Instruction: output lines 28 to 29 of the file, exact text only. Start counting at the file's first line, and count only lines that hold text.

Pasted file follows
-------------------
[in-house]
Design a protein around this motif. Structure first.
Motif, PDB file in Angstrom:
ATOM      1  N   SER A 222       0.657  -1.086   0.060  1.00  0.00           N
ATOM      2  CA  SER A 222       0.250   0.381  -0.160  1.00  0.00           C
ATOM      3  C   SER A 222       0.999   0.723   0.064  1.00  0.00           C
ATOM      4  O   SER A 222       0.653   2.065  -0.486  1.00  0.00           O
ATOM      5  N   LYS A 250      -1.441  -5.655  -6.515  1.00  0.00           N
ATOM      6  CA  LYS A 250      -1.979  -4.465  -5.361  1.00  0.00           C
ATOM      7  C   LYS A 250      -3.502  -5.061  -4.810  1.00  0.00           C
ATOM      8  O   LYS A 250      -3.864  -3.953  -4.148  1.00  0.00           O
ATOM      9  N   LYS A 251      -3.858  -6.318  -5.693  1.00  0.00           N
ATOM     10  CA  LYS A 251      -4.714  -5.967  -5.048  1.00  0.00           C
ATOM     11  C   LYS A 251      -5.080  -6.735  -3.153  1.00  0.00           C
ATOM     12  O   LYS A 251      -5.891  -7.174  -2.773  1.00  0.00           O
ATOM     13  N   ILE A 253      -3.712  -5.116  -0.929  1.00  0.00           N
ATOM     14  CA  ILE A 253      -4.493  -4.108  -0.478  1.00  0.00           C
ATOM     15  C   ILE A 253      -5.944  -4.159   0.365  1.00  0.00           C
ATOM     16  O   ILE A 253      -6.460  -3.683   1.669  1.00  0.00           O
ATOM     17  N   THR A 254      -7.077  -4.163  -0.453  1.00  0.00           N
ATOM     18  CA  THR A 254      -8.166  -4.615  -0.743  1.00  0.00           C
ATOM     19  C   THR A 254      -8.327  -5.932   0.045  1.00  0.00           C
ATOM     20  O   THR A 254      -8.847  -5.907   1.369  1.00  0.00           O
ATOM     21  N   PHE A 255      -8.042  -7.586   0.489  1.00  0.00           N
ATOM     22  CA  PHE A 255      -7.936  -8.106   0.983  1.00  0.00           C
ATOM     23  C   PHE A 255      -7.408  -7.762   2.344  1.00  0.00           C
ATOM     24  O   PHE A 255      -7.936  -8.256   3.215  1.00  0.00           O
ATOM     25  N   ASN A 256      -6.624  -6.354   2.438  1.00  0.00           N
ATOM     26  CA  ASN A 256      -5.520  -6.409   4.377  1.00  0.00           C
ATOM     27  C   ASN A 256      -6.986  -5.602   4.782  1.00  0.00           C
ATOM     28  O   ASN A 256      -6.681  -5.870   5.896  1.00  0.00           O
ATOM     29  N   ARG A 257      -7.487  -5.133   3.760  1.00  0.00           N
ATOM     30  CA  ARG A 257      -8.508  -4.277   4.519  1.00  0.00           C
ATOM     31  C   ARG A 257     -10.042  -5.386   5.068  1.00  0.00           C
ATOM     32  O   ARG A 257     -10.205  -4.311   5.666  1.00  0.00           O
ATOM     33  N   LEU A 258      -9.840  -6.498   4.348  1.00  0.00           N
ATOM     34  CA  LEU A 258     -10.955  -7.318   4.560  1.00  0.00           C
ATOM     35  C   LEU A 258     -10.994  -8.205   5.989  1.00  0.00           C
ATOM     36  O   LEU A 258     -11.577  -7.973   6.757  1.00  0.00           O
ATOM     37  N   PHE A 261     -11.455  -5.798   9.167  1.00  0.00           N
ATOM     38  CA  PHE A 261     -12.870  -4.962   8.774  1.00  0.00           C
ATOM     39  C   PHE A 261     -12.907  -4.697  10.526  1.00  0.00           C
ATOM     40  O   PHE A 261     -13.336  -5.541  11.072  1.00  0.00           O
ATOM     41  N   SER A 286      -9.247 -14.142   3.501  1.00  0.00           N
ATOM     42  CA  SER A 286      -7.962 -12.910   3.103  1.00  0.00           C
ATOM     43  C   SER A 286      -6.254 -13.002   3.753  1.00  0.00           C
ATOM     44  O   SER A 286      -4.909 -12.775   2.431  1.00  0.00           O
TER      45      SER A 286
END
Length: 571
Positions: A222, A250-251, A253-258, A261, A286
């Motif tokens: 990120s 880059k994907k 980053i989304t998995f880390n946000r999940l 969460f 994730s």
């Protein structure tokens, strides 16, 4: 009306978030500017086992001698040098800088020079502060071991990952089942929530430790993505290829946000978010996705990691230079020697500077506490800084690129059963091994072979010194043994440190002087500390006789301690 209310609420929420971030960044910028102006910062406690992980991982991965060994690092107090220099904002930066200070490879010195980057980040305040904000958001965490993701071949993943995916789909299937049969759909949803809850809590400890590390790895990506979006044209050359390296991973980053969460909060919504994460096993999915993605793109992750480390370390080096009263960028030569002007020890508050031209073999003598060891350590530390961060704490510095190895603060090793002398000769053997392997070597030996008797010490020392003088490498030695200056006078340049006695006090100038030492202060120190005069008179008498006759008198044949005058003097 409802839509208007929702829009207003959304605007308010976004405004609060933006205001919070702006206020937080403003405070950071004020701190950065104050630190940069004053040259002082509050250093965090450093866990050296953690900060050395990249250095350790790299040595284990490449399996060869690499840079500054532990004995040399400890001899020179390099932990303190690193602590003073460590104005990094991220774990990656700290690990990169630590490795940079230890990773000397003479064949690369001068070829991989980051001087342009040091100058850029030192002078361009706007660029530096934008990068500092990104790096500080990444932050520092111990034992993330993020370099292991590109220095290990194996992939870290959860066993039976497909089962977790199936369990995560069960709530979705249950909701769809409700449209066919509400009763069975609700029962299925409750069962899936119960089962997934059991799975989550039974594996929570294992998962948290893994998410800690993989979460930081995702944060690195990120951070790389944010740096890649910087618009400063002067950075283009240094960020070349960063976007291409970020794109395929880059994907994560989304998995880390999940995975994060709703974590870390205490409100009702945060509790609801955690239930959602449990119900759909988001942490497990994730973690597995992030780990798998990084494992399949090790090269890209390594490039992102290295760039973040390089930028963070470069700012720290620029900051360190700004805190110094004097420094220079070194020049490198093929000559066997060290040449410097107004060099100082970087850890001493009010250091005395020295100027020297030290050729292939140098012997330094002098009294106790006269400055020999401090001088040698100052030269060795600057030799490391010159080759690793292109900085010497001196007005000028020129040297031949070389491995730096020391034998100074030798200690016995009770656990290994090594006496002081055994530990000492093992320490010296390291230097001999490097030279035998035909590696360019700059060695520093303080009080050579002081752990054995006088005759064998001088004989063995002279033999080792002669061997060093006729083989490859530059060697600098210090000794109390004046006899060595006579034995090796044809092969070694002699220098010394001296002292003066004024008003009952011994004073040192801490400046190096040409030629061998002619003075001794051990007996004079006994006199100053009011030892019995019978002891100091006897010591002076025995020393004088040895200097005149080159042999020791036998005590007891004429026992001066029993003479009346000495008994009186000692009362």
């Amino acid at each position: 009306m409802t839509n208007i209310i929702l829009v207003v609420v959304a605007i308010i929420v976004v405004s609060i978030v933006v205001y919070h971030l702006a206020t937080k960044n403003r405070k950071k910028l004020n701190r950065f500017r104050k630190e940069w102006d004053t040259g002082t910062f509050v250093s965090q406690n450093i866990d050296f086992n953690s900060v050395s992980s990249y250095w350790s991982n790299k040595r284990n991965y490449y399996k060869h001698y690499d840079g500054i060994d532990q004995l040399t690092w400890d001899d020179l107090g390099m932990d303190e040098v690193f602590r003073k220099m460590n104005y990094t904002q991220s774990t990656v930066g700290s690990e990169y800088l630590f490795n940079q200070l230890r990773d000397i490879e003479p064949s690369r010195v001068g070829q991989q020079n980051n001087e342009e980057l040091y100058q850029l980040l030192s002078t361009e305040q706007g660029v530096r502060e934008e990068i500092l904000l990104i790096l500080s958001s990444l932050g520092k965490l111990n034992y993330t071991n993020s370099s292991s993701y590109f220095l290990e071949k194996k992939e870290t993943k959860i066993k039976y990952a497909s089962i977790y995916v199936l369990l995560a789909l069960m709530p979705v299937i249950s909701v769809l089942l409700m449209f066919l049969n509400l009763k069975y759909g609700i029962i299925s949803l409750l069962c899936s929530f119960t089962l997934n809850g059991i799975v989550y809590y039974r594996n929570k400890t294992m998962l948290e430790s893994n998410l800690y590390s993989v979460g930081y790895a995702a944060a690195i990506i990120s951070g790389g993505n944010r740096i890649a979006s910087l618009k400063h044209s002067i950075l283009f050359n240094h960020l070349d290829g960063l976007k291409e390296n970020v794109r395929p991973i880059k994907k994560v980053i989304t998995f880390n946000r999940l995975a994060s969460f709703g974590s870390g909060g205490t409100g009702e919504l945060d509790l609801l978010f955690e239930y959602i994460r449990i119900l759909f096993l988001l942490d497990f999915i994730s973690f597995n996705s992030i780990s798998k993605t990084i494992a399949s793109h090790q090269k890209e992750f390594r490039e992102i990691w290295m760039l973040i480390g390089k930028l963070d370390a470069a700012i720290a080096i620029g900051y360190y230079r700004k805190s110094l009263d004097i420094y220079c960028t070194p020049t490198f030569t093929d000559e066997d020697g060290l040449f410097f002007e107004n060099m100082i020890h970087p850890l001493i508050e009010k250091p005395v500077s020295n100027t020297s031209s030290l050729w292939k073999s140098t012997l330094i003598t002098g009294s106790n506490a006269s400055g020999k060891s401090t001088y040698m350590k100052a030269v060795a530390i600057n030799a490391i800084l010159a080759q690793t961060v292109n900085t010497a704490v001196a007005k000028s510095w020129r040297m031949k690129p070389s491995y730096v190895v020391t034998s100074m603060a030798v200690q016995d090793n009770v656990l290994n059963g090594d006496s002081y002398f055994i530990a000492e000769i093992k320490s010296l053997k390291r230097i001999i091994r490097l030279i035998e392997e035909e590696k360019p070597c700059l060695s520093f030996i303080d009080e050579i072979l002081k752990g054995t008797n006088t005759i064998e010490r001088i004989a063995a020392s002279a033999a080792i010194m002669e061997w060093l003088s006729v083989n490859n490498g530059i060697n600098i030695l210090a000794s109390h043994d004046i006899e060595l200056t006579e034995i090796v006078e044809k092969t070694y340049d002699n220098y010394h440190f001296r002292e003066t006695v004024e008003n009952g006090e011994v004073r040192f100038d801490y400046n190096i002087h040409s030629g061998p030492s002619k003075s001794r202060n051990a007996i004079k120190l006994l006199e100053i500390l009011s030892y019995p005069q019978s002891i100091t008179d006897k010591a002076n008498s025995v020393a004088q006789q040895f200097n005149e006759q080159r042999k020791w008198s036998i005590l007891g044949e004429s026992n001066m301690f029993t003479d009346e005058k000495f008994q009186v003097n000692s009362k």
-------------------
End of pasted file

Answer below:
ATOM     25  N   ASN A 256      -6.624  -6.354   2.438  1.00  0.00           N
ATOM     26  CA  ASN A 256      -5.520  -6.409   4.377  1.00  0.00           C